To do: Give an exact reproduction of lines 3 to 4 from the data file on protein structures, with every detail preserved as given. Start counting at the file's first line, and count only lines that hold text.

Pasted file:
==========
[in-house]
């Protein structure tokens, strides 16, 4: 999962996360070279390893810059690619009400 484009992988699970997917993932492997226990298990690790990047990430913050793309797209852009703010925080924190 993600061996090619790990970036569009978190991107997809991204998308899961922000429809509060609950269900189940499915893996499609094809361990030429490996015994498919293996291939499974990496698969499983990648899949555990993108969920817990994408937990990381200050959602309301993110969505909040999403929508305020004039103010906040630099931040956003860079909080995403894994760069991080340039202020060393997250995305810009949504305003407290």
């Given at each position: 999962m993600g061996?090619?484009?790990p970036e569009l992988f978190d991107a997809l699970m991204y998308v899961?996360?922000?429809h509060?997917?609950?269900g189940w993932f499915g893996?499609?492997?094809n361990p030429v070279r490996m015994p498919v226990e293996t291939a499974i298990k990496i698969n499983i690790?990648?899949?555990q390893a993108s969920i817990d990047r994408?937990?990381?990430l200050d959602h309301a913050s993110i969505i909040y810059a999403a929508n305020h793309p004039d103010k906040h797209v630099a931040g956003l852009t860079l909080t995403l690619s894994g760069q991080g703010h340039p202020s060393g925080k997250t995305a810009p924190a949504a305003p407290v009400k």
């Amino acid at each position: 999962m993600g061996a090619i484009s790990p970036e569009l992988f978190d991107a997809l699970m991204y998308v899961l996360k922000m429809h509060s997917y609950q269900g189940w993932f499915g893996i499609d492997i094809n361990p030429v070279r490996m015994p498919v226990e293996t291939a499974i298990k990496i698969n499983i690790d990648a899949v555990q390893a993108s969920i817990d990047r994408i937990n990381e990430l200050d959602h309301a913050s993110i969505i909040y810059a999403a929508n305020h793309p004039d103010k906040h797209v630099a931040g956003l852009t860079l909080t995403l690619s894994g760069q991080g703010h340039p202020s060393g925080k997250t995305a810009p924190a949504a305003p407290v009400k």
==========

């Given at each position: 999962m993600g061996?090619?484009?790990p970036e569009l992988f978190d991107a997809l699970m991204y998308v899961?996360?922000?429809h509060?997917?609950?269900g189940w993932f499915g893996?499609?492997?094809n361990p030429v070279r490996m015994p498919v226990e293996t291939a499974i298990k990496i698969n499983i690790?990648?899949?555990q390893a993108s969920i817990d990047r994408?937990?990381?990430l200050d959602h309301a913050s993110i969505i909040y810059a999403a929508n305020h793309p004039d103010k906040h797209v630099a931040g956003l852009t860079l909080t995403l690619s894994g760069q991080g703010h340039p202020s060393g925080k997250t995305a810009p924190a949504a305003p407290v009400k």
């Amino acid at each position: 999962m993600g061996a090619i484009s790990p970036e569009l992988f978190d991107a997809l699970m991204y998308v899961l996360k922000m429809h509060s997917y609950q269900g189940w993932f499915g893996i499609d492997i094809n361990p030429v070279r490996m015994p498919v226990e293996t291939a499974i298990k990496i698969n499983i690790d990648a899949v555990q390893a993108s969920i817990d990047r994408i937990n990381e990430l200050d959602h309301a913050s993110i969505i909040y810059a999403a929508n305020h793309p004039d103010k906040h797209v630099a931040g956003l852009t860079l909080t995403l690619s894994g760069q991080g703010h340039p202020s060393g925080k997250t995305a810009p924190a949504a305003p407290v009400k």